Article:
Catalogue Essays

Pandora's Box

Pandora’s Box series of paintings 1983/’84

In 1983 I was invited to participate in an exhibition entitled Pandora’s Box.
32 artists were asked to reinterpret the myth of Pandora which described her
as a mischievous being, who allowed all the miseries of the world to escape from a box leaving only hope trapped inside.
I saw Pandora as the personification of Hope while ‘our troubles’ represented ‘the woes and miseries of the world’.
The following paintings reflect this re-interpretation of the myth

In ‘Belfast Girl 1983’ She emerges, like a phoenix, from the smouldering debris of Belfast

Woman with Peace Line1983 shows Pandora woven with bright hopeful colours which break away into the background of camouflaged Cave Hill

Girl with Birds and Dying Flowers 1983 has the youthful, innocent Pandora holding the box of hope whilst being threatened by menacing birds and decaying flowers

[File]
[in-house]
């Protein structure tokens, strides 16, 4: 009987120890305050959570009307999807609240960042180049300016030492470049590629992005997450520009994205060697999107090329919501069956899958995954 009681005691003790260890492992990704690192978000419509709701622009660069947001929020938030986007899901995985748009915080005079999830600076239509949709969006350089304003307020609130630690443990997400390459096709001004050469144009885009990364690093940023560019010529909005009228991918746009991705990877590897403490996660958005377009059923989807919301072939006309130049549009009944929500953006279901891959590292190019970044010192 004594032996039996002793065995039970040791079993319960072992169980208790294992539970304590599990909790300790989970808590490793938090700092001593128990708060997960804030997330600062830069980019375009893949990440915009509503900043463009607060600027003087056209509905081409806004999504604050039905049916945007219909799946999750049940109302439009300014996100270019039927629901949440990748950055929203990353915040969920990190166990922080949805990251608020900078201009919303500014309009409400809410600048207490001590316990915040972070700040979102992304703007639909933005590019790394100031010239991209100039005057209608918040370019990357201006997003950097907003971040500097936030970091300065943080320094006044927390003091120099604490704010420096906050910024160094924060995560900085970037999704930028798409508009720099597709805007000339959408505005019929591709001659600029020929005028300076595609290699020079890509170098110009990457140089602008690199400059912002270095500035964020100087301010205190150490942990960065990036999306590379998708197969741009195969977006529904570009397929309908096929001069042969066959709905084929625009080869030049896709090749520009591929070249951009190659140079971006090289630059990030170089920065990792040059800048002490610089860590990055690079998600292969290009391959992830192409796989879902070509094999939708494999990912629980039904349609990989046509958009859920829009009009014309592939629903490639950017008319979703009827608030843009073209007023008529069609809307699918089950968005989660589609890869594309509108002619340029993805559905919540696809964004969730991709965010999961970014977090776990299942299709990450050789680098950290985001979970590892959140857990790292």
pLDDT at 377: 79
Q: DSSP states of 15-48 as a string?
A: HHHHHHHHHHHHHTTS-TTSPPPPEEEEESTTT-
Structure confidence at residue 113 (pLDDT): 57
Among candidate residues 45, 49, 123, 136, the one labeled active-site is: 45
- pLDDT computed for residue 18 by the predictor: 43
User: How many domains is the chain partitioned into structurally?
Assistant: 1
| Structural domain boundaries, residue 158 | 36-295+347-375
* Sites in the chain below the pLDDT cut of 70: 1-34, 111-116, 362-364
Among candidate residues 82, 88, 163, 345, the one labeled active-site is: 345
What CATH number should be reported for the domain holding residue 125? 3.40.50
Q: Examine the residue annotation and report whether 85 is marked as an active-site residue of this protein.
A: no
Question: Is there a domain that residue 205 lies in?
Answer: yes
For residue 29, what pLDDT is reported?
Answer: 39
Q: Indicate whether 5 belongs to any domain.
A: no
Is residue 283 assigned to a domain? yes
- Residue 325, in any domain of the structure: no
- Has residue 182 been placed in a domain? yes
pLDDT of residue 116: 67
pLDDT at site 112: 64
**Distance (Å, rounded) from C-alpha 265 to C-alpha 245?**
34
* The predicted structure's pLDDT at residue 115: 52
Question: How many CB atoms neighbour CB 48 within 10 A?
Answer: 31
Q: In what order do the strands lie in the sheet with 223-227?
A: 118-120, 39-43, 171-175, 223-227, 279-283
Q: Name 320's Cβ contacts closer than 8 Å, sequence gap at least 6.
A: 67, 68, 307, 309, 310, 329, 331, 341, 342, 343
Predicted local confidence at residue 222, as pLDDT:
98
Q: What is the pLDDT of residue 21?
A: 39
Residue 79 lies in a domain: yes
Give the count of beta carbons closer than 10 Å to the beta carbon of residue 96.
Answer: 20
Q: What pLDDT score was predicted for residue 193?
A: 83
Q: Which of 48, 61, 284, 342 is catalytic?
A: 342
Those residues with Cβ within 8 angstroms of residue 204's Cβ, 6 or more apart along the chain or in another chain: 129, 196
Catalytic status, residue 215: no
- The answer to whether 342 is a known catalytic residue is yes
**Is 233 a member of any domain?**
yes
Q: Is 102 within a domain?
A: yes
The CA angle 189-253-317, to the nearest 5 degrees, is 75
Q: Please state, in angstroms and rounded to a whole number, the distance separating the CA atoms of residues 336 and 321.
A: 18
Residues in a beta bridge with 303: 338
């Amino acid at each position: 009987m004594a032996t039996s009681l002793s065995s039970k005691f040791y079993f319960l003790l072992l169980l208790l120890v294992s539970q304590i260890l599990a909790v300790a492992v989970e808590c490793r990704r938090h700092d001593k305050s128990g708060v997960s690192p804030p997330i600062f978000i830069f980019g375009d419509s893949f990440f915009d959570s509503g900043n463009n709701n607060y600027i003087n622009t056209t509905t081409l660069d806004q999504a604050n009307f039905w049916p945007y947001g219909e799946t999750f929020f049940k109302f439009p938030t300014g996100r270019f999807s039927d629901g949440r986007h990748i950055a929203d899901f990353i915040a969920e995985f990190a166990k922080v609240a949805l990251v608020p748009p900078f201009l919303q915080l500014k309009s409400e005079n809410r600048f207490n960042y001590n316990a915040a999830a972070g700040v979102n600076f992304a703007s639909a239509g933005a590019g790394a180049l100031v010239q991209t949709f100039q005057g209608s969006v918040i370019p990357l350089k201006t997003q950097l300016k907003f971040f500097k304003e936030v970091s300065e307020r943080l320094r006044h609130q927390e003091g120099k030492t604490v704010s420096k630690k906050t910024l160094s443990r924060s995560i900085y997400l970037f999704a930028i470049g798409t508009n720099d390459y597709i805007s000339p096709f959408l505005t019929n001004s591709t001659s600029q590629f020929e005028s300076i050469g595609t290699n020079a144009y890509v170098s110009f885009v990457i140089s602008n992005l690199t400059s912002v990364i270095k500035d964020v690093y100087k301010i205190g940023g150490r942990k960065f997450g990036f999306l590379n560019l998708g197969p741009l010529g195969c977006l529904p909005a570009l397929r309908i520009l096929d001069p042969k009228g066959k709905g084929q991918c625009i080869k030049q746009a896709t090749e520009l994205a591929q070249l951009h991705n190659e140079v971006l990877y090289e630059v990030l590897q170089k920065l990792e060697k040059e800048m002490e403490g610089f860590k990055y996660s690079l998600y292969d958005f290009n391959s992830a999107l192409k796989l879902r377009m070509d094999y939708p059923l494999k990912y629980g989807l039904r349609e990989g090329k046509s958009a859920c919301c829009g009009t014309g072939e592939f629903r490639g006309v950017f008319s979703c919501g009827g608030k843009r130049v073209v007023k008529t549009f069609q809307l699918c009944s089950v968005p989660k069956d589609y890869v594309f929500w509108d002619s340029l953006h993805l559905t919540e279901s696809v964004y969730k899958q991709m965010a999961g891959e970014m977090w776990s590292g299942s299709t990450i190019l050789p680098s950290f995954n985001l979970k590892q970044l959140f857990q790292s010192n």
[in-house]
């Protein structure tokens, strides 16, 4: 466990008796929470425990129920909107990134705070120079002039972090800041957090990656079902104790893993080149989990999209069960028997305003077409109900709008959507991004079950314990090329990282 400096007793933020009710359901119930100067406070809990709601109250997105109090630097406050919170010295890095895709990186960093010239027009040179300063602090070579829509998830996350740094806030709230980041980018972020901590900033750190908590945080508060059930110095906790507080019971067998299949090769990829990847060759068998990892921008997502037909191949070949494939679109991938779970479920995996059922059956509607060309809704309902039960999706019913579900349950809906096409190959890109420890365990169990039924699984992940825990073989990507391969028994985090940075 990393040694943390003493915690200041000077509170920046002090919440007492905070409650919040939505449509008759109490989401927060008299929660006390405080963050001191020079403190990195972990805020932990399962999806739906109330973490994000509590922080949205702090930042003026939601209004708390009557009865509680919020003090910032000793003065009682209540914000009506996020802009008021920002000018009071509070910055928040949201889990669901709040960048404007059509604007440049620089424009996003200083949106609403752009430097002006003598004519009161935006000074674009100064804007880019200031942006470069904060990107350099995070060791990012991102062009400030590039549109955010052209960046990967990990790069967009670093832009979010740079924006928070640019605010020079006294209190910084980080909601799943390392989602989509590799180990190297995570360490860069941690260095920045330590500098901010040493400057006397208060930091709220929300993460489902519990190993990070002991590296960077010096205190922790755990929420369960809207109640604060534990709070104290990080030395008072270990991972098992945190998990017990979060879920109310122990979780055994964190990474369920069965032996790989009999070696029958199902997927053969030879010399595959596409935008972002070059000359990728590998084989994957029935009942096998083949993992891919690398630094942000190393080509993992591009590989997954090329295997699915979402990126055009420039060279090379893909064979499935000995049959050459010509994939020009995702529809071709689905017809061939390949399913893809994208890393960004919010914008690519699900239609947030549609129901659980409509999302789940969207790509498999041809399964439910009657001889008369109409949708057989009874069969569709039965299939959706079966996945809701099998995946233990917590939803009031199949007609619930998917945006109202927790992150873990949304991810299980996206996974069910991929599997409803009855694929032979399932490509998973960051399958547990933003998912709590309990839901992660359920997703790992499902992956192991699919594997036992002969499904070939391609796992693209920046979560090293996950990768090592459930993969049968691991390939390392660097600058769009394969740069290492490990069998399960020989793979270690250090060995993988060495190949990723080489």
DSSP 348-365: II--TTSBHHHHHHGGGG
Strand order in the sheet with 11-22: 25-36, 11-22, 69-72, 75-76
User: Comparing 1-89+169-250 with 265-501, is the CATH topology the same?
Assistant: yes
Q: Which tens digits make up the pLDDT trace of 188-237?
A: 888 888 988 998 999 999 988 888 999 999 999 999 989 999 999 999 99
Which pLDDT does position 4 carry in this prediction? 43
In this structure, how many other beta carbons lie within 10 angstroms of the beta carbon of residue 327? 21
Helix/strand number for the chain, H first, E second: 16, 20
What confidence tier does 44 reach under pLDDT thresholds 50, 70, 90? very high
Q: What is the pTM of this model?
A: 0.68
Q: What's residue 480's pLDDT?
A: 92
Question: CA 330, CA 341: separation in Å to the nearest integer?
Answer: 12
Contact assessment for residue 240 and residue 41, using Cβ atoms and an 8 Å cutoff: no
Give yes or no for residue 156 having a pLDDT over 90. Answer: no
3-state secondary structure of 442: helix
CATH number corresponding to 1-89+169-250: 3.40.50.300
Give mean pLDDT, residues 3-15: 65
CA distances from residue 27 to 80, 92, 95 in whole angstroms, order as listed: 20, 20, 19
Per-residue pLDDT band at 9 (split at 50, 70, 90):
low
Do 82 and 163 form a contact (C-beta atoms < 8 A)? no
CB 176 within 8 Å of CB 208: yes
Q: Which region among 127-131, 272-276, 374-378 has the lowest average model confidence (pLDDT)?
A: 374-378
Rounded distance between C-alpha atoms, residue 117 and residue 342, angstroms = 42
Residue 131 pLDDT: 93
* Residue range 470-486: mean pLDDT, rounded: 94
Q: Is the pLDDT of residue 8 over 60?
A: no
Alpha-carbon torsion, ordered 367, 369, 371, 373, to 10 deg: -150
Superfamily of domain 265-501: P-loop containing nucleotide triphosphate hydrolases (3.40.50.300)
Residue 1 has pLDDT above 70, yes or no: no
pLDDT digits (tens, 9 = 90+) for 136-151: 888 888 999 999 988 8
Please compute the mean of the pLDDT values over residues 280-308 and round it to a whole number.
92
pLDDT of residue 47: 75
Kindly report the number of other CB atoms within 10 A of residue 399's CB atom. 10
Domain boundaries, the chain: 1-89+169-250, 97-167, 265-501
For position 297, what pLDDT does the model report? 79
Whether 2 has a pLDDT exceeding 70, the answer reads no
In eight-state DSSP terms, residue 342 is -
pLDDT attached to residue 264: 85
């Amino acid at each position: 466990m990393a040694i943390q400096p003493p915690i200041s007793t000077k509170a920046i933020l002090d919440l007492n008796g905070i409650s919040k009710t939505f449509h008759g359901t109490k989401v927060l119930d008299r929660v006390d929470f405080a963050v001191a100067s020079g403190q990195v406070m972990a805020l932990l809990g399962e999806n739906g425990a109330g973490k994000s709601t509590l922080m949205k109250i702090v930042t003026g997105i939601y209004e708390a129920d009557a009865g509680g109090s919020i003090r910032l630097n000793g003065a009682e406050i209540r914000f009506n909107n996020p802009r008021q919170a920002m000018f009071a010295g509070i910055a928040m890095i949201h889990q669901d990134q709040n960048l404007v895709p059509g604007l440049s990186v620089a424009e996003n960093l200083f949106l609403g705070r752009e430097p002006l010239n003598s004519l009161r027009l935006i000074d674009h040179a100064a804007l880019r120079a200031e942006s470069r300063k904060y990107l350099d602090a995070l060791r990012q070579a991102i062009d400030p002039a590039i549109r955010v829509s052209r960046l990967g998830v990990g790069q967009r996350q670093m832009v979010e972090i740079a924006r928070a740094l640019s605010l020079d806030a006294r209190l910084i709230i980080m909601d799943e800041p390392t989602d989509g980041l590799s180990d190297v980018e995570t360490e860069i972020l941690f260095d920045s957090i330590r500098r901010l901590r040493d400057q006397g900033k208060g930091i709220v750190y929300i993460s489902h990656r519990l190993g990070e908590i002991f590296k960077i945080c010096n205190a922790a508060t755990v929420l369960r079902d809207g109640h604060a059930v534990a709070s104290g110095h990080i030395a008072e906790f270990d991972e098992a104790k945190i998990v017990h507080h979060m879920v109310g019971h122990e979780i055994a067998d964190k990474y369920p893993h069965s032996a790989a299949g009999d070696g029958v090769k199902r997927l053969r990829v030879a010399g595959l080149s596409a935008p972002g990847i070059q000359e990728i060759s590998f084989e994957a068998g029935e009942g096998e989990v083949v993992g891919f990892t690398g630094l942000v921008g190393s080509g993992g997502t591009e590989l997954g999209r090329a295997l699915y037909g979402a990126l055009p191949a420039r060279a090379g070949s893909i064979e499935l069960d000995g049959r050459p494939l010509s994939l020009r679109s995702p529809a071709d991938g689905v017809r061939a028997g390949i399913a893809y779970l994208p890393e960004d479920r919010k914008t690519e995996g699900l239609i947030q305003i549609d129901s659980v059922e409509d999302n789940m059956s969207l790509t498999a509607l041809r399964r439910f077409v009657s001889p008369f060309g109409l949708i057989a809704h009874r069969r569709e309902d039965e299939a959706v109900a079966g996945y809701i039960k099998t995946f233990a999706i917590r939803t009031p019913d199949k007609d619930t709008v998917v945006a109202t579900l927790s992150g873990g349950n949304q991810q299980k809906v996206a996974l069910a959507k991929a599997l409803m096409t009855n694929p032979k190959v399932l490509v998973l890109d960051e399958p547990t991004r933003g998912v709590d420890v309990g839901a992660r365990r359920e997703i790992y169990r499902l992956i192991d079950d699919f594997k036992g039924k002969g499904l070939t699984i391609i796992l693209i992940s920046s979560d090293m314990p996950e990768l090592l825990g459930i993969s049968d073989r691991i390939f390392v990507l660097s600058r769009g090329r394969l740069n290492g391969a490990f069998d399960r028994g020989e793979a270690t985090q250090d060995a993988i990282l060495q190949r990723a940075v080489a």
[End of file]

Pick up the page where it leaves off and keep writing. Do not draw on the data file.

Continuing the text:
In Irish Landscape1 , Pandora becomes part of the hopeful rural landscape

Irish Landscape 2 and Woman with Security Barrier have Pandora trapped in the greyness and violence of Belfast but her colours link with a nearby landscape

In the 1980s Belfast was still a grim and troubled city but with a beautiful natural setting. ‘Lying at the estuary of the river Lagan, it is dominated to the north and west by Cave Hill, Divis and Black Mountain and to the South it stretches into drumlin country. ….. the Irish landscape is present in….my work but an important element…is the human form.¹ So at that time in the 80s, with this group of Pandora’s Box paintings, I looked to the future with hope

In the introduction to the catalogue ‘A Fresh Look’ Denise Hooker says:
‘Catherine McWilliams’ brightly coloured figure of Pandora in Woman with Peace Line relates directly to her hope for the end of sectarian violence in Northern Ireland’²

¹ Catherine McWilliams’ part of statement: Pandora’s Box catalogue
² Denise Hooker ‘A Fresh Look’ Introduction to catalogue ‘Pandora’s Box’ published 1984 by Womens Images and Rochdale Art Gallery. Produced and distributed for Womans Images by Trefoil Books